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Vallenato, along with cumbia, is currently one of the most popular forms of folk music of Colombia. It primarily comes from Colombia's Caribbean region. Vallenato literally means "born in the valley." The valley influencing this name is located between the Sierra Nevada de Santa Marta and the Serranía de Perijá in northeast Colombia. The name also applies to the people from the city where this genre originated: Valledupar (from the place named Valle de Upar - "Valley of Upar").

Vallenato music originated from farmers who, keeping a tradition of Spanish minstrels (juglares in Spanish) mixed also with the West African tradition of griots, used to travel through the region with their cattle in search of pastures or to sell them in cattle fairs. Because they traveled from town to town and the region lacked rapid communication, these farmers served as bearers of news for families living in other towns or villages. Their only form of entertainment during these trips was singing and playing guitars or indigenous gaita flutes, known as kuisis in the Kogi language, and their form of transmitting their news was by singing their messages. Due to its roots, vallenato was originally considered music of the lower class and farmers, but it gradually started penetrating through every social group during the mid-20th century.

Vallenato consists of four beats or "airs" that are differentiated through their rhythmic structure and the melody chord structure the accordionist gives it. These are son, paseo, merengue, and puya. The son and the paseo have 2/4 time and the merengue and the puya 6/8 time.

The first form of vallenato was played with gaita flutes, guacharaca (a wooden, ribbed stick similar to a sugar cane, accompanied by a fork that when rubbed together emits a scraping sound), and caja (a small drum held between the knees and played with bare hands). Later, European instruments were adopted, such as guitar, piano, and especially the accordion.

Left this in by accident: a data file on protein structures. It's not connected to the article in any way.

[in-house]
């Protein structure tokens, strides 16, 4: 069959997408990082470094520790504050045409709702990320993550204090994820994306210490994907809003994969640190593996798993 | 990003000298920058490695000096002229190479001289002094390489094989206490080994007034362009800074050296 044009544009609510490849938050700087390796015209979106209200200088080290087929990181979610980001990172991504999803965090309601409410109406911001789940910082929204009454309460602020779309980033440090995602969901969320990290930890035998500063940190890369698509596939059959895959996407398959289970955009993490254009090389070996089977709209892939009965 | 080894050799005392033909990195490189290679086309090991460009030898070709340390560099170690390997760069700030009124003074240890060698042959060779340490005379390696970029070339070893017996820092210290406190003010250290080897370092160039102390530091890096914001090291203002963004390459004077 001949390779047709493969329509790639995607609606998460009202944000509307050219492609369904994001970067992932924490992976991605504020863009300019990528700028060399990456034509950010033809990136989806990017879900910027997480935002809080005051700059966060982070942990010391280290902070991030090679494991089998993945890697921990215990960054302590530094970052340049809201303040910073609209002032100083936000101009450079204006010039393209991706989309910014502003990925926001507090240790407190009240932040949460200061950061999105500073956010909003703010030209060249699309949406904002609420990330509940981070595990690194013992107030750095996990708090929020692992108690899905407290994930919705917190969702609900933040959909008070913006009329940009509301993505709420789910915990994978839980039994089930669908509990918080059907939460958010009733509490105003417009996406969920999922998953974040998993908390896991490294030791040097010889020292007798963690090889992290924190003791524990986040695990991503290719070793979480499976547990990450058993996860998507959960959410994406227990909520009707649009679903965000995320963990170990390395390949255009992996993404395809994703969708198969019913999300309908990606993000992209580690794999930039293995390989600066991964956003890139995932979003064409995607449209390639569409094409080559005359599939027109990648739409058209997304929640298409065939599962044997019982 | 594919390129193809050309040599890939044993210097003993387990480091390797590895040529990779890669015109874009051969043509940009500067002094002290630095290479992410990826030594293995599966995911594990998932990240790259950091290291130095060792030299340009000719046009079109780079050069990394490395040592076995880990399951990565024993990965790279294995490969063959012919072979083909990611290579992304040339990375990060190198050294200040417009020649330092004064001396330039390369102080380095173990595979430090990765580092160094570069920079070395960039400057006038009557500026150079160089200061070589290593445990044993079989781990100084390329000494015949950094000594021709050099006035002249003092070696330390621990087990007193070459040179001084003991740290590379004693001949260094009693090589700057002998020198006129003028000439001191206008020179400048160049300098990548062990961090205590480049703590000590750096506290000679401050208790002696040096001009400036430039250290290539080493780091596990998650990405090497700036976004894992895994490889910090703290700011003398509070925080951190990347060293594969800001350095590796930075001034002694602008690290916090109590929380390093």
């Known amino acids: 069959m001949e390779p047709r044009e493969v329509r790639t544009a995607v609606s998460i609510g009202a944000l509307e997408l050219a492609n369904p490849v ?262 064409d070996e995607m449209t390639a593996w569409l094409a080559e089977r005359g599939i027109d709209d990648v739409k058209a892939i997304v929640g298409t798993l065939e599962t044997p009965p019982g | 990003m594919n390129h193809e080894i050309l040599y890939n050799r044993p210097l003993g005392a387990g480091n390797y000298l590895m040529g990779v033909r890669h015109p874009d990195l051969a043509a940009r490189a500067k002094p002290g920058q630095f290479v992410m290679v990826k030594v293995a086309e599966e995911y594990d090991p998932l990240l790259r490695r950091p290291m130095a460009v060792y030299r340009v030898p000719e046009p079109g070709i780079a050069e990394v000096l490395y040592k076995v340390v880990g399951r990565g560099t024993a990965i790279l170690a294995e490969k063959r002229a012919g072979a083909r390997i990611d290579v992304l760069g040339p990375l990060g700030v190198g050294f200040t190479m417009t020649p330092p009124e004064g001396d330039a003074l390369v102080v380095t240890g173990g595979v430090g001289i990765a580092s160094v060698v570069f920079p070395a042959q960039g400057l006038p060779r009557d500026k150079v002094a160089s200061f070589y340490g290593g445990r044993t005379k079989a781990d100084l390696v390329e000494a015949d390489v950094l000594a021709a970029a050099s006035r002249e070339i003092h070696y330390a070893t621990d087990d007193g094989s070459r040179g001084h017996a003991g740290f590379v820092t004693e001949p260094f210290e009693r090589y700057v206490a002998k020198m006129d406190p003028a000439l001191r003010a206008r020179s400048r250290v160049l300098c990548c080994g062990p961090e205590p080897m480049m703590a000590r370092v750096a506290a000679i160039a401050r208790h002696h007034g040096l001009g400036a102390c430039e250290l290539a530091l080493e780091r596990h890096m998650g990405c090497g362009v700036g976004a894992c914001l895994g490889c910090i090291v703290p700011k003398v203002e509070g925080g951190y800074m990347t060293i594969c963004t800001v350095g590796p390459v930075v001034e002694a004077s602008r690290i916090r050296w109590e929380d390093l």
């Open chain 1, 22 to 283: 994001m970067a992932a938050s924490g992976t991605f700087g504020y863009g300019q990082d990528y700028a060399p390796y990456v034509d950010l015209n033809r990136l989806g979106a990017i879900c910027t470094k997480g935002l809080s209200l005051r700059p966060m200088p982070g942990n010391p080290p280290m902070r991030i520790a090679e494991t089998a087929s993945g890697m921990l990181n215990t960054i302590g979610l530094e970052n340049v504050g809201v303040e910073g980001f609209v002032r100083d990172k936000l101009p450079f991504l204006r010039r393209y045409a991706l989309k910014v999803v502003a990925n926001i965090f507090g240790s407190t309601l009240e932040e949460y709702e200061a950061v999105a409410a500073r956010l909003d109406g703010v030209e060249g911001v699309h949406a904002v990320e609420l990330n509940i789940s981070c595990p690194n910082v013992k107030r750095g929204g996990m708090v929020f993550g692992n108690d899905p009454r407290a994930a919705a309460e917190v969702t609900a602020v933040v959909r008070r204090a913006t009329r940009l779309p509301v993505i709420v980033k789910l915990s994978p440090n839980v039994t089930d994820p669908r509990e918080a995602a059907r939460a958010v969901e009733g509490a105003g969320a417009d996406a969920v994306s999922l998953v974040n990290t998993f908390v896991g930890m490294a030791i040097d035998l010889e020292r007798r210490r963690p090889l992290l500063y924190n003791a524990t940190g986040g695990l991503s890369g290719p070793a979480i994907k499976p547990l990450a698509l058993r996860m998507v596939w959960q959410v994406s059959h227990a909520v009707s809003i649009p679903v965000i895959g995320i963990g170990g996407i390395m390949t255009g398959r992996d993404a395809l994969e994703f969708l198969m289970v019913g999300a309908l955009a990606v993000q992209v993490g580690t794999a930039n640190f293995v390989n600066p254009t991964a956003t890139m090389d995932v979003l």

Eventually, the traditional vallenato developed into a more orchestral type of musical group. Over the years, some groups started adding instruments and a group chorus to support the main singer, popularly known as "ay omberos." Some of the instruments added or used by orchestras were: bass guitar, conga drums, Timbal sets, drum kits, maracas, guache, electric piano, tambourine, cowbell, electric guitar, saxophone, and violins, among others. These groups also started creating fusions of vallenato and other genres, such as cumbia, porro sabanero, gaitas (group of gaita flute interpreters), merecumbe and joropo. Some groups, seeking a wider audience, eventually started mixing vallenato with other international genres, like salsa, merengue, rock, classical music, reggae, reggaeton, ranchera, techno, and house music.

There are several festivals devoted to vallenato, most notably the Vallenato Legend Festival, held each year at the end of April in the city of Valledupar. .